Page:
Why am I reviewing a book on drawing? Because a happy journal is one with some drawings and sketches in it, and I’m happiest with my journaling when I draw a bit. I love Urban Sketchers and the drawings people make there are amazing, but don’t invest the time in making their level of drawings. Instead I want to try capture enough to relive my time in a place without the drawing being the focus of the visit. I’m finding that is a tough objective to reach, but I found a book that helps.
Freehand Drawing & Discovery, by James Richards is an expensive book, but it is worth it.
It’s a book written for architects. The title says it covers “Urban Sketching and Concept Drawing for Designers.” It’s aimed at urban planners, architects and other folks who have to make sketches to show other people their designs. Those sketches have be efficient to create and attractive enough to sell the concept. Fortunately those are also my needs when I have as long as it takes my slowest kid to eat a cheeseburger to draw what I see out the restaurant window.
When I sit down to try to capture the scene, and the feeling, but not necessarily every detail. How do I decide how much detail to capture? This book provides a bit of framework for that.
While it won’t teach basic drawing, it serves a rare purpose amongst drawing books. Most books on drawing work to either teach technique, like You can Draw in 30 days or how to see, like Drawing on the Right Side of the Brain they both want to replace the symbols we tend to draw as children (like the football shaped eye) with what we’re really seeing.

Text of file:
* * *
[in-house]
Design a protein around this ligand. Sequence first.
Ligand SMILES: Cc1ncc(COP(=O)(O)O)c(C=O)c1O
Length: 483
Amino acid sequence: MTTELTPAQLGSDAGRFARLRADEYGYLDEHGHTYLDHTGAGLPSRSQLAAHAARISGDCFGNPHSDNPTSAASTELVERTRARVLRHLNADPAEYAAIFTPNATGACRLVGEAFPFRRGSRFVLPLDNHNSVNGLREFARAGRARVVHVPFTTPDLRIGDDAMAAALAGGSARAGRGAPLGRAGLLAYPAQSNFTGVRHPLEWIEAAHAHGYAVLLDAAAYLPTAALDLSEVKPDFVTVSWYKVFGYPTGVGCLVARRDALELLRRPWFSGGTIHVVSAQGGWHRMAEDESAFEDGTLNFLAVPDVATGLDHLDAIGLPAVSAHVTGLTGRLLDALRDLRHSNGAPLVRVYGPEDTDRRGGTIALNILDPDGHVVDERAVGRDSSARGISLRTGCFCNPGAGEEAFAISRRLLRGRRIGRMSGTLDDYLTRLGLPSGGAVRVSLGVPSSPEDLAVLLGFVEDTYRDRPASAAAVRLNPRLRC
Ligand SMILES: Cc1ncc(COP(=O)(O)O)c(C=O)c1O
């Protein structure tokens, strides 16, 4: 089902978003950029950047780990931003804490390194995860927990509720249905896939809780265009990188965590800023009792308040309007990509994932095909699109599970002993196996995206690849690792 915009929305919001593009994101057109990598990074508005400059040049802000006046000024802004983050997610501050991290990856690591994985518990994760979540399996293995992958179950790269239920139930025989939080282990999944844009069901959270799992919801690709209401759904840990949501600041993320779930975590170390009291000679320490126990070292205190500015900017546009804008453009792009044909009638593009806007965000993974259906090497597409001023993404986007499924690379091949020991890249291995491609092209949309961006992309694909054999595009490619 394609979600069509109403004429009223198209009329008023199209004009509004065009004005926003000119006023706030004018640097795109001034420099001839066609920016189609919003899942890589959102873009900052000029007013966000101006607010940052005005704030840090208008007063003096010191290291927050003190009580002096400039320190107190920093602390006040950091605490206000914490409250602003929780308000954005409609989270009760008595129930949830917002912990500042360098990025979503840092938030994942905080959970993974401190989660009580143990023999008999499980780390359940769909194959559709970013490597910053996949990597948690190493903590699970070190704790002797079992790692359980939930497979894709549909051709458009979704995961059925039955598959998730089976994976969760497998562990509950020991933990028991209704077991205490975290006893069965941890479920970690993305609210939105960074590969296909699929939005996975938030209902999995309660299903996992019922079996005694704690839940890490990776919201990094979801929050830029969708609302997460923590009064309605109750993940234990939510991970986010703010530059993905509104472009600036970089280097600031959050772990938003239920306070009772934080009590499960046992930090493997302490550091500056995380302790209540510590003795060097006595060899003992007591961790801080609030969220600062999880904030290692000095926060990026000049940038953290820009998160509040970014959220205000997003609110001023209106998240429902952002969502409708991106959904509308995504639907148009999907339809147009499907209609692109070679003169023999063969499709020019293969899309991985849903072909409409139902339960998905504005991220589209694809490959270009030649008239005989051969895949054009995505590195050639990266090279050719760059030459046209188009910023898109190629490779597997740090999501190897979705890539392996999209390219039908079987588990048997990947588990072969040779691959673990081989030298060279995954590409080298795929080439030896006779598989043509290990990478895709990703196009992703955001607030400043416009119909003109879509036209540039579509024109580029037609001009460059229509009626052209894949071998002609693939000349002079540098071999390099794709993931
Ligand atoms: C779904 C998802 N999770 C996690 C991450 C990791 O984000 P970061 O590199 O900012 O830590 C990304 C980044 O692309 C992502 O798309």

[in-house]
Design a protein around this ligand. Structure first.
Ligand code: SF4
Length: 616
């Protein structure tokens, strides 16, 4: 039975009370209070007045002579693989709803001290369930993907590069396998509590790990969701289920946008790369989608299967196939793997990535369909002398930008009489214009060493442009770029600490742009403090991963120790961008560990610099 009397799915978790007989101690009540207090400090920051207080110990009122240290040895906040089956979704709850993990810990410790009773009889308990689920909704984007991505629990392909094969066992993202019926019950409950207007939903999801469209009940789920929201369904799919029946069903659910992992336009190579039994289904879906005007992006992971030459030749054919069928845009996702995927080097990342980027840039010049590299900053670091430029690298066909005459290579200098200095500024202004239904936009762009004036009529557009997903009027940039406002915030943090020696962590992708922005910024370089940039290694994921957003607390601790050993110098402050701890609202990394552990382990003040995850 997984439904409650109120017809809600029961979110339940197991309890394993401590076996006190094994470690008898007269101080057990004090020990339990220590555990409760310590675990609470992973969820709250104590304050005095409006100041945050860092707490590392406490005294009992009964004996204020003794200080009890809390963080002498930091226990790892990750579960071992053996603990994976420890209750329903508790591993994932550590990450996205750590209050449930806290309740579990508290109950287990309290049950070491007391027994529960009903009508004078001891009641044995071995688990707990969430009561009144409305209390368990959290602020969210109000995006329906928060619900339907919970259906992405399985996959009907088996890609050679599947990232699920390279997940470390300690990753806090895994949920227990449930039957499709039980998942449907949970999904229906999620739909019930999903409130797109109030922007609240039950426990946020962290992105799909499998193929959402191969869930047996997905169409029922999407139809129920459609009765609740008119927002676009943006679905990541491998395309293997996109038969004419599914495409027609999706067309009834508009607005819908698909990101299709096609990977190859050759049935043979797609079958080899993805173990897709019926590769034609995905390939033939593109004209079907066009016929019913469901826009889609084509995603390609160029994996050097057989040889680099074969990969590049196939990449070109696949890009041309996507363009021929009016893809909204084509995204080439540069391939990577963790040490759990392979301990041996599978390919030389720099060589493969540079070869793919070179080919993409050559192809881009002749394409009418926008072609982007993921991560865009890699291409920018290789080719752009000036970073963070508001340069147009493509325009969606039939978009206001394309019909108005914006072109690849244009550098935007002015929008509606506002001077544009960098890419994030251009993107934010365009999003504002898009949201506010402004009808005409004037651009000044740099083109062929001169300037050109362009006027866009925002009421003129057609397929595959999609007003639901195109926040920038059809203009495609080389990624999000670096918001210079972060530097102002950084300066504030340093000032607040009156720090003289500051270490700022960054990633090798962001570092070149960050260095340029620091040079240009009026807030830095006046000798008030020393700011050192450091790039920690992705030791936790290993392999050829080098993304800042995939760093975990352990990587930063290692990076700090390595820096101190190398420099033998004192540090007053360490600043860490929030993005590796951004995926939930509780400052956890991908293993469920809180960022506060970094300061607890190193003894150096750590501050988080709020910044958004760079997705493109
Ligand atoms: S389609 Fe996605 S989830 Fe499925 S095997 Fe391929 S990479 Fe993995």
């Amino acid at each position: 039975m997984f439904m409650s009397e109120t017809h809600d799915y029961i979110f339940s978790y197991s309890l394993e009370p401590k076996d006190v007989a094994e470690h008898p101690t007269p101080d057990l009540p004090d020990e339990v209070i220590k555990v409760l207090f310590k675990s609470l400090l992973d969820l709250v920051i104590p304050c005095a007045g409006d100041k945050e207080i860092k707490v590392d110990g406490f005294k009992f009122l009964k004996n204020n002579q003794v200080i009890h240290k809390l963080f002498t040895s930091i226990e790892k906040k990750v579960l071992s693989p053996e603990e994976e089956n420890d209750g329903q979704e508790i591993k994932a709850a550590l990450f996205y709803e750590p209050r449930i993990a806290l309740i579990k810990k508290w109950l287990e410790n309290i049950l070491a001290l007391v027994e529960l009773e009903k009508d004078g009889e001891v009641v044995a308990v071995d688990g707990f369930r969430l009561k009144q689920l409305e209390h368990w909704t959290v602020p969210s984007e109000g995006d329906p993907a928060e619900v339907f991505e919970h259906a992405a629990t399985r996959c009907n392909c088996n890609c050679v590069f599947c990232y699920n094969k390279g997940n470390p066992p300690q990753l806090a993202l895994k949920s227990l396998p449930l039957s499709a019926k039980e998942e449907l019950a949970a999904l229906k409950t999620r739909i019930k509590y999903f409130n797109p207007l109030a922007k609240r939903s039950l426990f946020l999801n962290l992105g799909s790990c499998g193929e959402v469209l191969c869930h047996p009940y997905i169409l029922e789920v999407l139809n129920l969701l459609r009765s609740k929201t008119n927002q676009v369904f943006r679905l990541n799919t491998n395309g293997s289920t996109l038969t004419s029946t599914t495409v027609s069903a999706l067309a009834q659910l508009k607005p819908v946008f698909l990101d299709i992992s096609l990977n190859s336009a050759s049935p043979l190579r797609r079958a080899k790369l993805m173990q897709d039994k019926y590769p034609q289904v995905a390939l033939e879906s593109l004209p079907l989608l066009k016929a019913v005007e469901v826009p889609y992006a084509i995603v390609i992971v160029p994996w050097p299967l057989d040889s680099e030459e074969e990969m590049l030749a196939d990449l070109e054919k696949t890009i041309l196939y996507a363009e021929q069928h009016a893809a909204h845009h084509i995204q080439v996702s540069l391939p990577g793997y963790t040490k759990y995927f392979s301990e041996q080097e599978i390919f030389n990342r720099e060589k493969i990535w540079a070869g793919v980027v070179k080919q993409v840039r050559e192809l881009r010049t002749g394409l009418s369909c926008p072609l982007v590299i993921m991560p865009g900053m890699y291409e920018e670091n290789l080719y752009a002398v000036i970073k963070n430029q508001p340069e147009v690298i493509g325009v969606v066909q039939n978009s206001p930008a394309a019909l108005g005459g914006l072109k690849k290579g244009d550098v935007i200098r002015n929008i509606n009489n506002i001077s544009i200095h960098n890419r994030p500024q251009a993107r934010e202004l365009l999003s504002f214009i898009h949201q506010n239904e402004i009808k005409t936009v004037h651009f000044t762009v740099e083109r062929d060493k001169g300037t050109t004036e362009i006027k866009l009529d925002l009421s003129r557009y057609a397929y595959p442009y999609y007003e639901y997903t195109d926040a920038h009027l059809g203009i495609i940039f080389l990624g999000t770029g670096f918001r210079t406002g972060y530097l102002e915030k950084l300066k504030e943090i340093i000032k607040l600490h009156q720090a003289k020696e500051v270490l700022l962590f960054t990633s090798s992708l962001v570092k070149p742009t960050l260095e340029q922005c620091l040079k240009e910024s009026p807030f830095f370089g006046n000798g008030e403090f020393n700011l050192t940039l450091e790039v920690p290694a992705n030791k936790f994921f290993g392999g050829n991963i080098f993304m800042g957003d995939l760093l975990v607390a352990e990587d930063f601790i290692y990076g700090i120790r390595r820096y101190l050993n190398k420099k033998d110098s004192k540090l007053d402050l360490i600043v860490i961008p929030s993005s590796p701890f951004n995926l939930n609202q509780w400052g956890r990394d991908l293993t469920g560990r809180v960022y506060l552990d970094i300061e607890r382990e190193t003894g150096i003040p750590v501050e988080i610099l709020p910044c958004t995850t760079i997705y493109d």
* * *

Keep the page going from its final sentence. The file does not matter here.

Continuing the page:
Freehand Drawing and Discovery worth of works to reverse this a bit. It shows a lot of neat ways to make simplified drawings of things that we’d like to include, but don’t need to include accurately – like people in crowds, trees, vehicles, etc. Those details really enrich the drawing, but take a very long time if drawn accurately.
There are three major sections. Learning a Language shows the various elements and techniques. This section breaks things down – like what what to draw first, how to handle perspective, and things like that. It also covers the use of color in a simple way.
Urban Skething focuses specifically on drawing urban scenes. Gabriele Campanario, author of The Art of Urban Sketching This section includes more work by others, and also subjects like “working quickly”, more on color, and editing – i.e. deciding what to include in the drawing.
Concept Sketching focuses converting a concept into a convincing drawing, but also includes digital sketching techniques like using a tablet. I’m not sure why digital techniques are included here, but it’s where they ended up. This section was the least relevant to me, as it’s where the most architect-specific material is. Such as using a photograph of an existing intersection as the foundation for a sketch of proposed changes. It’s still interesting, just not as actionable as the rest of the book.
Overall the book is very actionable and comes with access to online videos that are instructive.
The down side is the cost. The book is printed, bound, and marketed as a textbook and is priced accordingly at nearly $60. I had this book on my Amazon wish list for a long time before I bought it, but I’m glad that I have it. I went through it quickly at first and tried some of what I learned, and later I will go through it again to pick up some more. It is a reference book, so the cost of deferred a bit in that I will be pulling it off the shelf and enjoying it many times.
You can see the book here: Freehand Drawing and Discovery: Urban Sketching and Concept Drawing for Designers (An affiliate link – if you decide to buy this book, you’ll help support my work here by using that link.)